Yet another way: Think of the circle as a pie and cut it into eight congruent slices.

Approaches like those will work for any number of points. Another, maybe somewhat odd way to think about the eight point case is to mark the points where the tangent lines have slope 0, 1, -1, or undefined.

All of these produce the same result for a circle. What if we try to adapt them for ellipses?

First the angular approach. Divide 2π into eighths… but which 2π? There are really three angles in play here for any point on the ellipse: The parameter angle t, the polar angle θ, and the focal angle ɸ. Well, two focal angles, but they’re symmetric: let’s only consider the +aε focus. For the circle t = θ and there are no foci (or they coincide with the origin and θ = ɸ, if you prefer) but for general ellipses these all differ.

Then the arc approach. You can’t divide the perimeter up into eight congruent arcs, but you can at least make eight arcs of equal length.

Next, the sector approach. Again, you can’t cut your elliptical pie up into congruent slices, but you can at least make your slices the same area. But are you cutting central sector slices or focal sector slices?

Finally the dy/dx approach.

Okay, seven ways to do it: Parameter angles, polar angles, focal angles, arcs, central sectors, focal sectors, and dy/dx. Let’s do this. For each approach compute eight values of t and mark the corresponding points. Ready?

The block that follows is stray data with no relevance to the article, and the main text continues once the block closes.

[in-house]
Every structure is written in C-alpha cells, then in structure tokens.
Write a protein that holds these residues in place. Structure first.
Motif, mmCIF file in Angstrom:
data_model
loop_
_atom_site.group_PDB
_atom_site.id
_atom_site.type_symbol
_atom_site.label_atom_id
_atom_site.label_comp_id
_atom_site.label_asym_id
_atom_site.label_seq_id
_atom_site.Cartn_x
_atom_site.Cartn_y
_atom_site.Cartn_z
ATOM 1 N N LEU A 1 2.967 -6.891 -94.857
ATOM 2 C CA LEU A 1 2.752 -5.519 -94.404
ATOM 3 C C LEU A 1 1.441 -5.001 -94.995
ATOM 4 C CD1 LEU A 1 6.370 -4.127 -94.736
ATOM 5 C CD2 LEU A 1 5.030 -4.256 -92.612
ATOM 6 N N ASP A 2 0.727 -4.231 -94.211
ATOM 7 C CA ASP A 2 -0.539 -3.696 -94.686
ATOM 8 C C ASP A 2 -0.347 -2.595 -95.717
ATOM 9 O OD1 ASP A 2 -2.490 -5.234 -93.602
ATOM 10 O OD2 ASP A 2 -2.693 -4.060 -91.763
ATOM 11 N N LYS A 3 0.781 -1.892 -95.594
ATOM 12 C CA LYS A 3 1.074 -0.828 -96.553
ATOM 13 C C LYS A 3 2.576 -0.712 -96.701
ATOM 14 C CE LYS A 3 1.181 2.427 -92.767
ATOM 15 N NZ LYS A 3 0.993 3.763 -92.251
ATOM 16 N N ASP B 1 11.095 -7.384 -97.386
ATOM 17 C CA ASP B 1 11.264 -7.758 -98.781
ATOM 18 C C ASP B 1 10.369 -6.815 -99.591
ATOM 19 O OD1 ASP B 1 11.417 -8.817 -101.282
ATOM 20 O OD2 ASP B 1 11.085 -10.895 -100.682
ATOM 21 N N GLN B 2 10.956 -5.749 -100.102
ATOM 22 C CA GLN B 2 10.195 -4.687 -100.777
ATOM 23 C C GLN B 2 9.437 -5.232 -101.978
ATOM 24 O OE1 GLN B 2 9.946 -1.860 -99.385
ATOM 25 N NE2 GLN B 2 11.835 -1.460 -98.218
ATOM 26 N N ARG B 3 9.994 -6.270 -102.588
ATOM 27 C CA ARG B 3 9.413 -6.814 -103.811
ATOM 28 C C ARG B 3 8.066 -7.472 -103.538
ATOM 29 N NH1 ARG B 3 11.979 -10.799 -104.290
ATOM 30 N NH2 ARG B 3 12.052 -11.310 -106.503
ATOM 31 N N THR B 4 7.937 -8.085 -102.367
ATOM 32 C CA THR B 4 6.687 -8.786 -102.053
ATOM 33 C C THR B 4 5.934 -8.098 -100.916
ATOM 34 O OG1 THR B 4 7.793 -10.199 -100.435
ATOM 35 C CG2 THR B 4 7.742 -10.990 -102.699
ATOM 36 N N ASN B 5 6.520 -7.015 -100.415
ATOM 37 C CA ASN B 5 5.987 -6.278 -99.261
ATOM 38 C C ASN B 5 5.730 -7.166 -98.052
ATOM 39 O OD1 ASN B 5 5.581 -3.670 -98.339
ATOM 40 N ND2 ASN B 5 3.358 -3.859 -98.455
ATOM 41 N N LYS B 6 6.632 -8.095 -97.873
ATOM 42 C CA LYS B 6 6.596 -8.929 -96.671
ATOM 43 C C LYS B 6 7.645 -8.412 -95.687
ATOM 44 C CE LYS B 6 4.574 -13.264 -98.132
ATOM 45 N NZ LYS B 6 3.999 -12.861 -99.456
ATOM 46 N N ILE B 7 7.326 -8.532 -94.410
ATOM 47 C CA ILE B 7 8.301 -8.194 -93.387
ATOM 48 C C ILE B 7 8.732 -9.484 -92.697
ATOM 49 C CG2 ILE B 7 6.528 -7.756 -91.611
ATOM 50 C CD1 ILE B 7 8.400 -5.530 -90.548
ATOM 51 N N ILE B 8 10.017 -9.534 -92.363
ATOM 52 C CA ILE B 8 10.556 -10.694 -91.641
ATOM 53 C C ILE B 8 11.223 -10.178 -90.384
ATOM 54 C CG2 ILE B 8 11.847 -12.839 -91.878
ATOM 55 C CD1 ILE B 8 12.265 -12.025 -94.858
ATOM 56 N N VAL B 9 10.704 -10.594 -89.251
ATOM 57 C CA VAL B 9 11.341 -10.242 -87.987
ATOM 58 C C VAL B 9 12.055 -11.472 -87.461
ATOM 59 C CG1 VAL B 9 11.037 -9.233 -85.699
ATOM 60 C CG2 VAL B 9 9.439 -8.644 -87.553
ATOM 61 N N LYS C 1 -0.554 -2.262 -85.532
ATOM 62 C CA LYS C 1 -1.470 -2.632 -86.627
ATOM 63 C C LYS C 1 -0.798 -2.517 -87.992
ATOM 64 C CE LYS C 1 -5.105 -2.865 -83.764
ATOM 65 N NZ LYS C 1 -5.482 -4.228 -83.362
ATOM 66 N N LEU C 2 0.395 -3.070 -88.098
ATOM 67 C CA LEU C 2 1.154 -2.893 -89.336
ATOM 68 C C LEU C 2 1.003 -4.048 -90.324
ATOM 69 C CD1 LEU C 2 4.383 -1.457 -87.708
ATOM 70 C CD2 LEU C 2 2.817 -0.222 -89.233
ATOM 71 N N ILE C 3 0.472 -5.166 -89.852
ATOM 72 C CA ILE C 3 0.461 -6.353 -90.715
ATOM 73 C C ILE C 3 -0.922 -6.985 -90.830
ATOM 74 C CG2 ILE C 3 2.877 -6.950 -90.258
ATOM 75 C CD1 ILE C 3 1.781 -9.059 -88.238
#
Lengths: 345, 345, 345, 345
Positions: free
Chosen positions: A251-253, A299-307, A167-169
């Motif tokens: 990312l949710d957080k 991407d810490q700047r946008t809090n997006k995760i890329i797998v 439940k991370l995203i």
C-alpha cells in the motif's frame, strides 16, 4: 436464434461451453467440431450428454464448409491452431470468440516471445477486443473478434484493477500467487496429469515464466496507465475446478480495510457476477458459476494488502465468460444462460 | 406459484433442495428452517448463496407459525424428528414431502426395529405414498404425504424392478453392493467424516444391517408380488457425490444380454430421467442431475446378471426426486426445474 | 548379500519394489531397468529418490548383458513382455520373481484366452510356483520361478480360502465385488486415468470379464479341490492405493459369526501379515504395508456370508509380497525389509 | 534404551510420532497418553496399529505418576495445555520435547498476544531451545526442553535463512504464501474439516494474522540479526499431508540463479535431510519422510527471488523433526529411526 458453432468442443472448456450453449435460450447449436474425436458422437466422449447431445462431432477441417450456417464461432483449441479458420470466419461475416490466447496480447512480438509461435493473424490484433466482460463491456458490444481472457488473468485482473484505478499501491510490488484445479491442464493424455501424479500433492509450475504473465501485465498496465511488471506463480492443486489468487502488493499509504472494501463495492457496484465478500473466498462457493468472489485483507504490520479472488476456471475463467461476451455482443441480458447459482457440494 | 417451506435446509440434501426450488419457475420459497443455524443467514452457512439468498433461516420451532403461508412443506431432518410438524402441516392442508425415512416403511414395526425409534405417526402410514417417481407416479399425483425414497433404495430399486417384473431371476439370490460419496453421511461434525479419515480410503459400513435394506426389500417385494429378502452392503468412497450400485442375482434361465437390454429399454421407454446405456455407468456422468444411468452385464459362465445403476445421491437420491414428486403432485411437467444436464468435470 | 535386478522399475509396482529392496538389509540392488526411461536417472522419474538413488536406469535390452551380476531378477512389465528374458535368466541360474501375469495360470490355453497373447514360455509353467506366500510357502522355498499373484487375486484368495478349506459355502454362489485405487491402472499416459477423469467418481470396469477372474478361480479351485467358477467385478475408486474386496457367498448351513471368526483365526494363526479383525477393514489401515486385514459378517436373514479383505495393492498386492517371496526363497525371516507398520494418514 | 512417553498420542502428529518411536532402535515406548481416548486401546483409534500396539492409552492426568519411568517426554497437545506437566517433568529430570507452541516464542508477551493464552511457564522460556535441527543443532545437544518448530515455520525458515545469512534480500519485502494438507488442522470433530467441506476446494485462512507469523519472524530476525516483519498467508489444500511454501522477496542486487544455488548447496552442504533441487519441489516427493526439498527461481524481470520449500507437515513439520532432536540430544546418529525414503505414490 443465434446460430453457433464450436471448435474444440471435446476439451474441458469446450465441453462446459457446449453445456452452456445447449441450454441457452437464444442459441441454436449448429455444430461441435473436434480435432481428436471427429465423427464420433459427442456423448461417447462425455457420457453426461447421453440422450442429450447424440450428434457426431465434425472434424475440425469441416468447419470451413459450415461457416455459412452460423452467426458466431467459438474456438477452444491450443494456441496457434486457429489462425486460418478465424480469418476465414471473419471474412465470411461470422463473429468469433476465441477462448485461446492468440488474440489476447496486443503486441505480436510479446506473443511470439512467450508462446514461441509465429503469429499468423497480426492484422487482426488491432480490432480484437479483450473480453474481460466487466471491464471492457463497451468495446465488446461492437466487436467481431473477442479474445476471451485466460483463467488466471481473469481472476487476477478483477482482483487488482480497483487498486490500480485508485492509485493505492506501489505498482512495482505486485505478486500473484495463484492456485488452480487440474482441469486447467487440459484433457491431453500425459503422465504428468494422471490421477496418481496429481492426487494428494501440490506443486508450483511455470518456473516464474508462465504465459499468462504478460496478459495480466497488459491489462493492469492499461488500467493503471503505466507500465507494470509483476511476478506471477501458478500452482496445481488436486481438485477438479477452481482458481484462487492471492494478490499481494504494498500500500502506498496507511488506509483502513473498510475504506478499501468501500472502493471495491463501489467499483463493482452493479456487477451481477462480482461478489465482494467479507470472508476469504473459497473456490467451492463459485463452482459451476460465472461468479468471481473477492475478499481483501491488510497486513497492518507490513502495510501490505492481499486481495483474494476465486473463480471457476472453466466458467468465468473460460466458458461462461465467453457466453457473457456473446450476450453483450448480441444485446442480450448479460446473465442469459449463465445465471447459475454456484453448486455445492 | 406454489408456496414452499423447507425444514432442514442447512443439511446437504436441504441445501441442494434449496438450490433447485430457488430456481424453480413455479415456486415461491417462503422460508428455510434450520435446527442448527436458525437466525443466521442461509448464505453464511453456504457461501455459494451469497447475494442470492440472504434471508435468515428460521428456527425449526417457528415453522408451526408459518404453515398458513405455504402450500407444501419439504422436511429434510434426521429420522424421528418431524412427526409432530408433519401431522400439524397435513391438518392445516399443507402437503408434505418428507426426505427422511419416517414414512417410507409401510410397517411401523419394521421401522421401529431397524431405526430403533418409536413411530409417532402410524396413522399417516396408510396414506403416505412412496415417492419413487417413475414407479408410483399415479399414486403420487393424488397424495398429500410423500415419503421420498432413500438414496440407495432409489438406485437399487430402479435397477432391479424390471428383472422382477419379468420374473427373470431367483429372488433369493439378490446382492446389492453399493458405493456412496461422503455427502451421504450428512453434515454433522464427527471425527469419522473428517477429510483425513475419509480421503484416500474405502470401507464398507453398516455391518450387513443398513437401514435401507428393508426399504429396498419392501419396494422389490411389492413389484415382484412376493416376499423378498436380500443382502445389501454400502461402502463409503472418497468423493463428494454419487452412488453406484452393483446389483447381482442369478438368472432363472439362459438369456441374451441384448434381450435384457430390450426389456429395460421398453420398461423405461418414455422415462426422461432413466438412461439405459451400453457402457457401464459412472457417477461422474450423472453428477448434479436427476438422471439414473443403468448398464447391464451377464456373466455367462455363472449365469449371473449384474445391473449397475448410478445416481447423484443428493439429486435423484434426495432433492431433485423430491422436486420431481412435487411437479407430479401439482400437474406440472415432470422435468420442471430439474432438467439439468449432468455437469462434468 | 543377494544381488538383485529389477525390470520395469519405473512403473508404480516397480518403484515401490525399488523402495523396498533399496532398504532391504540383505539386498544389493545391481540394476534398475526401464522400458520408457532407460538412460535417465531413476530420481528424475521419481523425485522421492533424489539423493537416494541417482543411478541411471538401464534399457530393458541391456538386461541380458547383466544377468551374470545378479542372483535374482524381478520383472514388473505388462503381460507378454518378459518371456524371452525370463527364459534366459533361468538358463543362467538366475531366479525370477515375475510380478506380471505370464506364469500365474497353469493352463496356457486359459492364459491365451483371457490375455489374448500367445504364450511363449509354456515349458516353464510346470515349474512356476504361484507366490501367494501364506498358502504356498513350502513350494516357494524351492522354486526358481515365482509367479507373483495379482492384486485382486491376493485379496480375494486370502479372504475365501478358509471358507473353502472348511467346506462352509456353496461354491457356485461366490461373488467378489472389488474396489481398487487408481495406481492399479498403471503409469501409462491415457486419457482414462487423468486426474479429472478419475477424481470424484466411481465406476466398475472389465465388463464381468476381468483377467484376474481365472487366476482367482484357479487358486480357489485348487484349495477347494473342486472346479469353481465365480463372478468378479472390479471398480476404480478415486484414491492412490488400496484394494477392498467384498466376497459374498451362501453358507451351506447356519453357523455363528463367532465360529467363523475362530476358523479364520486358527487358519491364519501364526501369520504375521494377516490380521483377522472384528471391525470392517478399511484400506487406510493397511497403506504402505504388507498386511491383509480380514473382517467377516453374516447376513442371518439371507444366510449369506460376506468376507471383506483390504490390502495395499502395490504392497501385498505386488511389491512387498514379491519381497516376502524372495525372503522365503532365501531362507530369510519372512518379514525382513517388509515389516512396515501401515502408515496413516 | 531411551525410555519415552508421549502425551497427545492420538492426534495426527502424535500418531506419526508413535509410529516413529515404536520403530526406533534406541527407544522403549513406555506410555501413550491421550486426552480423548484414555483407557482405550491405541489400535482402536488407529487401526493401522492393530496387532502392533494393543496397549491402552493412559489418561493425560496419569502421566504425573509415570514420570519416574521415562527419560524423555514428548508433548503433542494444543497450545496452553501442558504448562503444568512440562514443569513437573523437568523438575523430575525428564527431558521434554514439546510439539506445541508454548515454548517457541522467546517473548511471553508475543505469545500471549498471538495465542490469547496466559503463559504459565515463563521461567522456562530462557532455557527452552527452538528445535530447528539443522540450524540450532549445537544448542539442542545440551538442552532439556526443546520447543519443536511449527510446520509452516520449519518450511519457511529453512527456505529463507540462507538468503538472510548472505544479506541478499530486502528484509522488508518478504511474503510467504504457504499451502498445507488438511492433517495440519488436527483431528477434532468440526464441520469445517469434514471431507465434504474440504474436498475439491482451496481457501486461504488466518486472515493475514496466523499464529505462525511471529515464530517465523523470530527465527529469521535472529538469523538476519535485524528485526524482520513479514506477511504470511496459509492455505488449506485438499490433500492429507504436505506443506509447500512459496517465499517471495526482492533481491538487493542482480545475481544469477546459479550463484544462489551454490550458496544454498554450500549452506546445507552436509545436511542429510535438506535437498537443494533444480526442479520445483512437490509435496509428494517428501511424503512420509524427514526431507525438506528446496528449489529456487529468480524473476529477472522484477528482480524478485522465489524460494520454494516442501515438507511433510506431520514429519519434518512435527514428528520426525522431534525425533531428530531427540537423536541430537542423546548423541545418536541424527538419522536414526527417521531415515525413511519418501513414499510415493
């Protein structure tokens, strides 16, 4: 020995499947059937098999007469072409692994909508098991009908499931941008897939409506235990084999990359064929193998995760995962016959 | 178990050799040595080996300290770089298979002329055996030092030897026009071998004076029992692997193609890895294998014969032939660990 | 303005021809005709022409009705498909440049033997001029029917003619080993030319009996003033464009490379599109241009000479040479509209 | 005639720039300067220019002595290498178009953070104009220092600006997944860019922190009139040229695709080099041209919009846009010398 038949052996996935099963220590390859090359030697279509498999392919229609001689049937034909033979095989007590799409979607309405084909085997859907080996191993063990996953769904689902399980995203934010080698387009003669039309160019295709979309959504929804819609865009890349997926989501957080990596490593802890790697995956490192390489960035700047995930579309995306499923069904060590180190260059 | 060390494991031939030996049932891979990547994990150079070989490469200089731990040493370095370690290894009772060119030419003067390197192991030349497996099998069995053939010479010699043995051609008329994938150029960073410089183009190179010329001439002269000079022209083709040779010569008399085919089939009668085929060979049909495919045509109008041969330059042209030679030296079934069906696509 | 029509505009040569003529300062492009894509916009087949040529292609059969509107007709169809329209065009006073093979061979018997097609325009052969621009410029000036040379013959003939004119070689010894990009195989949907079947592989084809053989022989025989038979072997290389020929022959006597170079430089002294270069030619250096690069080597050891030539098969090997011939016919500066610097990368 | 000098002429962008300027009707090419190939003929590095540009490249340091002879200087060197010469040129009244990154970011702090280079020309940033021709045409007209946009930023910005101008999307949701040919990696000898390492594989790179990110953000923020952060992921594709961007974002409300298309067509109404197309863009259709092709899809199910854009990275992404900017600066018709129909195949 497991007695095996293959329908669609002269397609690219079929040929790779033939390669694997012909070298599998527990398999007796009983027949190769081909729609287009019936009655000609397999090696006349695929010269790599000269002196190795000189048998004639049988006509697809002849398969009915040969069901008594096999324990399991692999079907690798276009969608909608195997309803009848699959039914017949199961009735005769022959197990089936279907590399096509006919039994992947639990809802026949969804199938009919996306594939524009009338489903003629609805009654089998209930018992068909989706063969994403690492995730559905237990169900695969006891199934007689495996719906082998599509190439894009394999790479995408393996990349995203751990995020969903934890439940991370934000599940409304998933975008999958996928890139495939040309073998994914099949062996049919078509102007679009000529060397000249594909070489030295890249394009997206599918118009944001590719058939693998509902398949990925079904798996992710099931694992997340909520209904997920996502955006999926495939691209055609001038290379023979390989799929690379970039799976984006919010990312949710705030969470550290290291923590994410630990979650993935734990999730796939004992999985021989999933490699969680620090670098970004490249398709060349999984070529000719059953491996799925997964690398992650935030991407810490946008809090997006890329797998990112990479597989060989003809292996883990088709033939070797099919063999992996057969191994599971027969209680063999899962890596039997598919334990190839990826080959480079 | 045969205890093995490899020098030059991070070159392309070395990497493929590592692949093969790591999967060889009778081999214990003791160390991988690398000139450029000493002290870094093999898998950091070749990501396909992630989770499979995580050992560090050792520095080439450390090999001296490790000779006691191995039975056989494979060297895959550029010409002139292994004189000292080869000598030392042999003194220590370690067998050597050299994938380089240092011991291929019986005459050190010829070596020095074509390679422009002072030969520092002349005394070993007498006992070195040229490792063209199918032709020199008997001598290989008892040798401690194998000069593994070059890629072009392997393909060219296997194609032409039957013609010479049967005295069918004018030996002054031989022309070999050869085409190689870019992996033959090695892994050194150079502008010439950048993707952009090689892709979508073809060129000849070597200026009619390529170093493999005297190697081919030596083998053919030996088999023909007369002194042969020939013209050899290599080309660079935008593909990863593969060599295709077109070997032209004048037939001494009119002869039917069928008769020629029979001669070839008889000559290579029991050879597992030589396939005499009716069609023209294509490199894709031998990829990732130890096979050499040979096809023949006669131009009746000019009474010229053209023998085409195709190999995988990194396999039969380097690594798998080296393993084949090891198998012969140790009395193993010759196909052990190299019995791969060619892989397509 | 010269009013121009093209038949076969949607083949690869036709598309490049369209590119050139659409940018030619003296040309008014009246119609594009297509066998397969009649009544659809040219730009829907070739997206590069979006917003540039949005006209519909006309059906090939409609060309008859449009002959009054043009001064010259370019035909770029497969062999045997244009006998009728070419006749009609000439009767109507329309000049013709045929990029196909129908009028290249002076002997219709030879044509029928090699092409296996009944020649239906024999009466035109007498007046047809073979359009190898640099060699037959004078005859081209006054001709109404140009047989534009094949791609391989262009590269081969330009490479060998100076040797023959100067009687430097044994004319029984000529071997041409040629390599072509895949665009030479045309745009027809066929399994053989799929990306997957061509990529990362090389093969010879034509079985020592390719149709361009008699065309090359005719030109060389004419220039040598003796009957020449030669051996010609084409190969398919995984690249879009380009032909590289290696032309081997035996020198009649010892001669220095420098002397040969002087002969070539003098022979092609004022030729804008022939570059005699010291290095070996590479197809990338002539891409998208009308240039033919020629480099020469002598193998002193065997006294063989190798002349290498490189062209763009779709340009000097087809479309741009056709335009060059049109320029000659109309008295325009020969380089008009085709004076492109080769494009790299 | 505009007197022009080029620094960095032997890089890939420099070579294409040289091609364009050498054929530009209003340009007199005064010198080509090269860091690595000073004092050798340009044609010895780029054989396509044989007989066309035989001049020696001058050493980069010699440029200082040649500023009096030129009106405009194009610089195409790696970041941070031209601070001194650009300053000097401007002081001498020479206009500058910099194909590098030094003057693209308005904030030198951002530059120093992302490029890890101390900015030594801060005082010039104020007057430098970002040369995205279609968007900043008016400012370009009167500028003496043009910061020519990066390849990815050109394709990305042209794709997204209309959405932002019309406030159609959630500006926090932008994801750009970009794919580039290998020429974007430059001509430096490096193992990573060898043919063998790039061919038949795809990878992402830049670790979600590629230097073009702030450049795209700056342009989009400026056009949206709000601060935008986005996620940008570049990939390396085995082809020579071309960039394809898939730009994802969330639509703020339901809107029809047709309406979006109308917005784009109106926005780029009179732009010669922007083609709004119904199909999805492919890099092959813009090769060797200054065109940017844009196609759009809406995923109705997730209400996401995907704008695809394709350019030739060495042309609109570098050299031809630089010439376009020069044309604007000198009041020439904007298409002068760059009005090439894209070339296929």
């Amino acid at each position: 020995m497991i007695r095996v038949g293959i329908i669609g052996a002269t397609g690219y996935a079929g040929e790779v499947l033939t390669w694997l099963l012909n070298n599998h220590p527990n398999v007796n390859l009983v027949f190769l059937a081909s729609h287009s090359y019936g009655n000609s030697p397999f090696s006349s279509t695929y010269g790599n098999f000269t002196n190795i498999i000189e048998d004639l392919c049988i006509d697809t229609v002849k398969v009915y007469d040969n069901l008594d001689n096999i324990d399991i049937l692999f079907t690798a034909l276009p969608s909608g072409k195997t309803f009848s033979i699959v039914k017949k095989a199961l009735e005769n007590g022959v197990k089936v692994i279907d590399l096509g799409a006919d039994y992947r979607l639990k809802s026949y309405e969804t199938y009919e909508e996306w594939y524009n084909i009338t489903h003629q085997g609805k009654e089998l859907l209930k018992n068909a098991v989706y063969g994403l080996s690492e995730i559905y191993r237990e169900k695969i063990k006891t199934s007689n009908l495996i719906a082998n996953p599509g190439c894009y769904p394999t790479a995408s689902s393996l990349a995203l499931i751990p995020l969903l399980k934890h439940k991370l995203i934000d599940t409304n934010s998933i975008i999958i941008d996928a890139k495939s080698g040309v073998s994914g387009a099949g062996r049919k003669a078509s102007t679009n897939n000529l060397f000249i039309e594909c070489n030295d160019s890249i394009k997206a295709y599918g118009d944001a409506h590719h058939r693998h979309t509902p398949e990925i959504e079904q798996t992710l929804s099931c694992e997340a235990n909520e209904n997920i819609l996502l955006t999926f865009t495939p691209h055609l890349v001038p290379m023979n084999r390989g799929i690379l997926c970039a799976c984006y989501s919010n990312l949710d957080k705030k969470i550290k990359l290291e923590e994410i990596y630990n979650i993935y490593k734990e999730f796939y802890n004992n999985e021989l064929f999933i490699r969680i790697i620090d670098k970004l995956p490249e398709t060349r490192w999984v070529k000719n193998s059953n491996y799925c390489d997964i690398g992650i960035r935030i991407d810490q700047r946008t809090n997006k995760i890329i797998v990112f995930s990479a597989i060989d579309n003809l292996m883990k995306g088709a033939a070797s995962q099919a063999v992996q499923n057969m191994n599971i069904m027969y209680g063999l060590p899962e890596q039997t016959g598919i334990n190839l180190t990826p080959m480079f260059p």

1. Parameter angles. This is easy. t = π/4, π/2, 3π/4, … 2π radians. On an ellipse with eccentricity of 0.8 it looks like this:

ellipse_pangle

I haven’t drawn in any angles because there’s nothing to draw; t doesn’t correspond with any geometrical angles here. On an ellipse with eccentricity 0.99 it looks like this:

ellipse_pangle_99

That’s probably not what you mean by evenly spaced.

2. Polar angles. This is almost as easy. θ = π/4, π/2, 3π/4, … 2π radians and t=\tan^{-1}((a/b)\tan\theta). For the four off-axis points you just get t=\tan^{-1}(\pm a/b). On our 0.8 ellipse, with the polar rays drawn in:

ellipse_poangle

And on our 0.99 ellipse:ellipse_poangle_99Okay, that’s really not what you mean.

3. Focal angles. Just because we can, though it’s not so easy. To get the ɸ = π/4 and ɸ = 3π/4 points you need to solve

\frac{b\sin t}{a\cos t-a\epsilon}=\pm 1

(do that by squaring and substituting 1-\cos^2t for \sin t, giving you a quadratic in \cos t) and for the ɸ = π/2 point it turns out

t=\cos^{-1}\epsilon .

The ɸ = 0 and ɸ = π points I hope are obvious and the others you get by reflection. Result, on the 0.8 ellipse, with the focal rays drawn:

ellipse_fangle

You don’t even want to see the 0.99 ellipse here. Trust me.

4. Arcs. On the whole this seems likely to be the most reasonable way to interpret “evenly spaced”. So how’s it work out? Well, all you have to do is to solve

E(t_{n+1}, \epsilon) - E(t_{n}, \epsilon)=E(2\pi,\epsilon)/8

for t1, t2, and t3 (t0 we’ll set to 0, and the other tn we’ll get from symmetry). Which is… hard. Let’s skip that.

5. Central sectors. Back to easy again; use the central sector area formula. Here it is for 0.8:

ellipse_posect and for 0.99:ellipse_posect_99 Those are equitable slices of elliptical pie. May still not be what you mean by evenly spaced, though.

6. Focal sectors. Uh oh. The area formula has (t – ε sin t) in it; how’re you going to solve that for t? I asked wolframalpha.com and it just laughed at me. Good thing this is guaranteed to be a silly way to interpret “evenly spaced” anyway.

7. dy/dx. Just for grins.The point spacings may not be regular, but their tangent line orientations are! The derivative is

\frac{dy}{dx}=\frac{(b/a)}{\tan t}

so for the off axis points, where the slope is to be +1 or –1, t=\tan^{-1}(\pm b/a). (Compare that to the polar angles method, where we got t=\tan^{-1}(\pm a/b)!) For 0.8:

ellipse_dydxand for comedy relief, 0.99:ellipse_dydx_99

Let’s pretend I never drew that.